The plan was very simple since the very beginning. To begin the climb of the highest Czech mountain Snezka from Velka Upa and then go ahead along the main ridge across Polish border land to Jizerske mountains. We agreed with my friend David to live just from our own supplies, drink water from the mountain springs and to avoid any encounters with civilization. Together with the tent, photo equipment, Locus and other life-saving devices each of us carried around 20 kg in backpack and we set out towards our adventure.
Snezka is a favourite touristic attraction and, obviously, is densely visited even in winter. Fortunately, most people use the more comfortable way up by cableway leading from the Czech side and, therefore, we were almost alone on the trail. With all the equipment the ascend went quite slowly and to avoid hypothermia we were trying to sweat as little as possible – we made frequent short breaks which we used for making pictures of the freshly snowed landscape bathed in the rays of winter sun. The weather was on our side. From the very summit we could enjoy views far away into Poland, the breathtaking panorama of hilly forests on the Czech side and the magnificent Studnicni mountain.
We made a toast to our summit conquest with a few gulps of whisky and after taking pictures of the views we went on westward along the Polish border. We admired views of the ridge and below us, the lakes with pitch black surface. It started to snow mildly and the sunset slowly crept on us. In order to reach our intended daily average of 20 km we had to catch the delay from the ascend and after having savoured the purple sunset we went on in darkness, lighted with our torches. After a few hours we set up an ordinary two-layer tent, warmed our supper and chatted about our new experiences. Outside temperature was -4°C, inner +3°C. At the ground level laying on the snow we measured something around zero.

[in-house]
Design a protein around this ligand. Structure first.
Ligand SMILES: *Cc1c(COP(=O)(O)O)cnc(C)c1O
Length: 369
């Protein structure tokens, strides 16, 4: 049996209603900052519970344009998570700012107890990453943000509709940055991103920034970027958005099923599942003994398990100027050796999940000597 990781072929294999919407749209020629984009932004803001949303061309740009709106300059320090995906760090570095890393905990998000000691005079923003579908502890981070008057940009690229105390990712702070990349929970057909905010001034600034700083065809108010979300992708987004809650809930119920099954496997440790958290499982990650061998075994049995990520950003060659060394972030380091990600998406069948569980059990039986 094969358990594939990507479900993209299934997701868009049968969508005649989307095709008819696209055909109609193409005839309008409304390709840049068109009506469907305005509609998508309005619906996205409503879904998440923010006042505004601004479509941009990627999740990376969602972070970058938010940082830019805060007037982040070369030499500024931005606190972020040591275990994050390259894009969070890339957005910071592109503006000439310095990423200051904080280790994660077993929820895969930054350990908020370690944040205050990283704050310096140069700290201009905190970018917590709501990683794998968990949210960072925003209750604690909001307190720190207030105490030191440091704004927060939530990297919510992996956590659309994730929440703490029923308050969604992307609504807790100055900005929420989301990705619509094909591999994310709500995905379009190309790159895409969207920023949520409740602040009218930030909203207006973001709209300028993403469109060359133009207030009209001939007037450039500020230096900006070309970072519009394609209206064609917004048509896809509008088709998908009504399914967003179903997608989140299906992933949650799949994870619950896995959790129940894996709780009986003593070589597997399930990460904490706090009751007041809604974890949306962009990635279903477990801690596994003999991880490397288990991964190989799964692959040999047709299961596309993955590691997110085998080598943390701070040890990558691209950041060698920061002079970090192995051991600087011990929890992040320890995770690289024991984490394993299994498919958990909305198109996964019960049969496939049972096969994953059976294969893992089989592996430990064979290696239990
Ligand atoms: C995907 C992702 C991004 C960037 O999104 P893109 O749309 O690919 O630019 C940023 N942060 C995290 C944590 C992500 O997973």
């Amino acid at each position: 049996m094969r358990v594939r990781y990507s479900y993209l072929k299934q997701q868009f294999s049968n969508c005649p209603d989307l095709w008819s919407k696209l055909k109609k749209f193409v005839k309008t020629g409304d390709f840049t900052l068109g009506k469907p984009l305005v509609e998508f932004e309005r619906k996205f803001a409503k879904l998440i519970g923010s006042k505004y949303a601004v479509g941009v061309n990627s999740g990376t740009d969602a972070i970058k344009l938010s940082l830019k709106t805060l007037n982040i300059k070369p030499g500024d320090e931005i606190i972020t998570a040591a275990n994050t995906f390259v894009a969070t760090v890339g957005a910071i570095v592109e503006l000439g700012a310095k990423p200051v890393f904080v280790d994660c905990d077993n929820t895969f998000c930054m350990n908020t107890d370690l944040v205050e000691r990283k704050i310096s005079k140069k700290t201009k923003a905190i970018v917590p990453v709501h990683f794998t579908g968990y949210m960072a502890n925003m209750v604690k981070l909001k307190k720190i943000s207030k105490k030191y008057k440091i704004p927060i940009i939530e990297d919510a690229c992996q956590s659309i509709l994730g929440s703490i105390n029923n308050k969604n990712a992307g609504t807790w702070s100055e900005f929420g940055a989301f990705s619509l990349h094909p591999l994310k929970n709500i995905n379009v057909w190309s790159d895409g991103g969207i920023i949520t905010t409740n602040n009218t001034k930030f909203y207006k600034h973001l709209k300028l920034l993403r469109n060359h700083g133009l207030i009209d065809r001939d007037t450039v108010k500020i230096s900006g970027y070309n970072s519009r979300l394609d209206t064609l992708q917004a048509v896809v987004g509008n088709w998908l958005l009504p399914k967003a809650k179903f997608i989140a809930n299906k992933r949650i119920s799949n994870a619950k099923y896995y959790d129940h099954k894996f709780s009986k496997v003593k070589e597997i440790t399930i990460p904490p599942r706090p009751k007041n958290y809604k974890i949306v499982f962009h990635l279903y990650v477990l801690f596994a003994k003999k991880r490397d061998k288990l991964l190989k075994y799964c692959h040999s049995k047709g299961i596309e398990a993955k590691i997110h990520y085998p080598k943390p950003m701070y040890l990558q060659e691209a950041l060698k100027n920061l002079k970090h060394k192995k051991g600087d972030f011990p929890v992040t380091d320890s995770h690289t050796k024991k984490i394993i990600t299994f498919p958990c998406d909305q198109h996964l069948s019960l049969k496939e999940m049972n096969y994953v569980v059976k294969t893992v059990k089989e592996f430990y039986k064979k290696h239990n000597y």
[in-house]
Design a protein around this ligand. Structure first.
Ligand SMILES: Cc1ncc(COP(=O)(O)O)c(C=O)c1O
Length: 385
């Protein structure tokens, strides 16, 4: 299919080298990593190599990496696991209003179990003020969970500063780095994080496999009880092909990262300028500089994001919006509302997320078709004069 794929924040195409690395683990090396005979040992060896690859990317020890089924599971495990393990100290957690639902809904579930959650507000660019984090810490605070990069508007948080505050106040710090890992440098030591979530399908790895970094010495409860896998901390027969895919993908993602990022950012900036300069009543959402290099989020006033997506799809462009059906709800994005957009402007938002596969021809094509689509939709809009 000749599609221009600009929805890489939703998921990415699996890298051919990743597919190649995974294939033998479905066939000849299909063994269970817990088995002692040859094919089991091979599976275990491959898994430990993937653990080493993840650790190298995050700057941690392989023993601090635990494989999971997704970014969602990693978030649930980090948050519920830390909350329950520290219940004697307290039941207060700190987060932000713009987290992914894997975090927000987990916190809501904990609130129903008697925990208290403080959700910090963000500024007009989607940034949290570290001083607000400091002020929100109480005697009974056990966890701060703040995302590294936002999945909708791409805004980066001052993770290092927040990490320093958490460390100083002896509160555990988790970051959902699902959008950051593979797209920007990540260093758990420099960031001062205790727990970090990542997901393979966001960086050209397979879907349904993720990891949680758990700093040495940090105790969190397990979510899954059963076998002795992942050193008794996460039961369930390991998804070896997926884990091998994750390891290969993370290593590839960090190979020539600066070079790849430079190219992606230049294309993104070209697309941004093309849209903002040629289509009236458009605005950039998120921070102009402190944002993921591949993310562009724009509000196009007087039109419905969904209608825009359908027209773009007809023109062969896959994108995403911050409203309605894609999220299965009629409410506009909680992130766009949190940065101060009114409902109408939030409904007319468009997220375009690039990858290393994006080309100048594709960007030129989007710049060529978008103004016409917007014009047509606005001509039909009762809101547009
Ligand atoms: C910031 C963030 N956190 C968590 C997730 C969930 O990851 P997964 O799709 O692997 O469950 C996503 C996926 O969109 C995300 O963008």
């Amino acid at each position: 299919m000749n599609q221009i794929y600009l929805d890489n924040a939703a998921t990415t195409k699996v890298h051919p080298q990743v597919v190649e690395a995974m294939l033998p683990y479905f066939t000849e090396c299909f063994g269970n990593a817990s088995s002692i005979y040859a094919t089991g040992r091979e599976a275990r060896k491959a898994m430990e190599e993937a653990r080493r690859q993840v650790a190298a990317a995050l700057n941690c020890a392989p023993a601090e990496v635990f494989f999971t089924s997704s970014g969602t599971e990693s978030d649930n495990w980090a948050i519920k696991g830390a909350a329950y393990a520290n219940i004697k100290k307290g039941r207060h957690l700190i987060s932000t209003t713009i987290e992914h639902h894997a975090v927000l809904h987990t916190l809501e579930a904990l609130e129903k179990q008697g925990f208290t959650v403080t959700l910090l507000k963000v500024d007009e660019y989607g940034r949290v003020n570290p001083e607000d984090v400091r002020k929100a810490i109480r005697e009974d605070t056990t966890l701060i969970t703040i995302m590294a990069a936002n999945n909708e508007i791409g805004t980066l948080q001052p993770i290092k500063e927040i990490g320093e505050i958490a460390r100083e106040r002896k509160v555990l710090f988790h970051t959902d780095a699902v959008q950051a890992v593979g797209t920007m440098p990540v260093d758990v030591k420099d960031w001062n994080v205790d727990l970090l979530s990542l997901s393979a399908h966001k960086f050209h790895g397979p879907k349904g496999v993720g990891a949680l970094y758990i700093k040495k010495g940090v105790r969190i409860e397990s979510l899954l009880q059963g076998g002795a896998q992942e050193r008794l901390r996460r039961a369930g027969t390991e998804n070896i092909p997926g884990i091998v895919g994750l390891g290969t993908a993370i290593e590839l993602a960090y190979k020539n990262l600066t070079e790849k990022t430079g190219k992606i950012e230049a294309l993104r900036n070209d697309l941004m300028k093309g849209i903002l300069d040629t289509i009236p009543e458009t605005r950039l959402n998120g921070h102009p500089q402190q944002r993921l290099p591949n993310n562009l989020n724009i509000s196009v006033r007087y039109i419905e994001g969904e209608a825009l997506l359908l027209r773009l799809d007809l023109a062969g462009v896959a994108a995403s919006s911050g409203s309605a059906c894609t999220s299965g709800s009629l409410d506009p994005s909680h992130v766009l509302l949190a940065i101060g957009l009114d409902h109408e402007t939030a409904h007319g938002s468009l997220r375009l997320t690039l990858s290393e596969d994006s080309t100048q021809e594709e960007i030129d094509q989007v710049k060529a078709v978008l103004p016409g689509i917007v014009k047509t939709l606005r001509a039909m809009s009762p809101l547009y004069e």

A few years ago it would have seemed to me purely insane and risky to sleep in a tent some other time than in summer. The truth is, if you are well prepared and equipped, the human body doesn’t have the slightest problem with staying a few overnights in snow. Anyway, you must count with obstacles like frozen tent zipper or water supply that is vital for surviving in wilderness.
The next day we made other two ascends. First to Divci and then to Muzske kameny in a mild snowfall that consequently changed into a heavy one, accompanied with freezing wind making icing on everything including our eyelashes and beards. Anyway, these were common expedition conditions and with decent exercise and several layers of clothes a man gets feelings of pleasure from his own toughness and improvement to another endurance level.
In the same conditions we climbed up Vysoke kolo, whose rocks and boulders were covered with 40 cm of fresh snow drifts. Visibility of just a few meters, we tried our best to stick together not to get lost. Later we proceeded further into the Polish land and the weather started to change quickly. Once the clouds spread away and we were overwhelmed by vast views faraway, then again we entered the impenetrable veil of fog just to step out of it after a few minutes. Finally, we spent the night by the river Jizera and on the third day we enjoyed comfort of wider trails suitable also for cross-country skiing. At last we arrived at the Broken Dam that killed 62 people and destroyed 100 houses in the villages down the stream exactly 100 years ago. It was the finish place of our winter wandering and we, full of nice feelings from overcoming the freezing nights without troubles, shared memories of beautiful views of our marvelous country.
Can you show the map of your trip?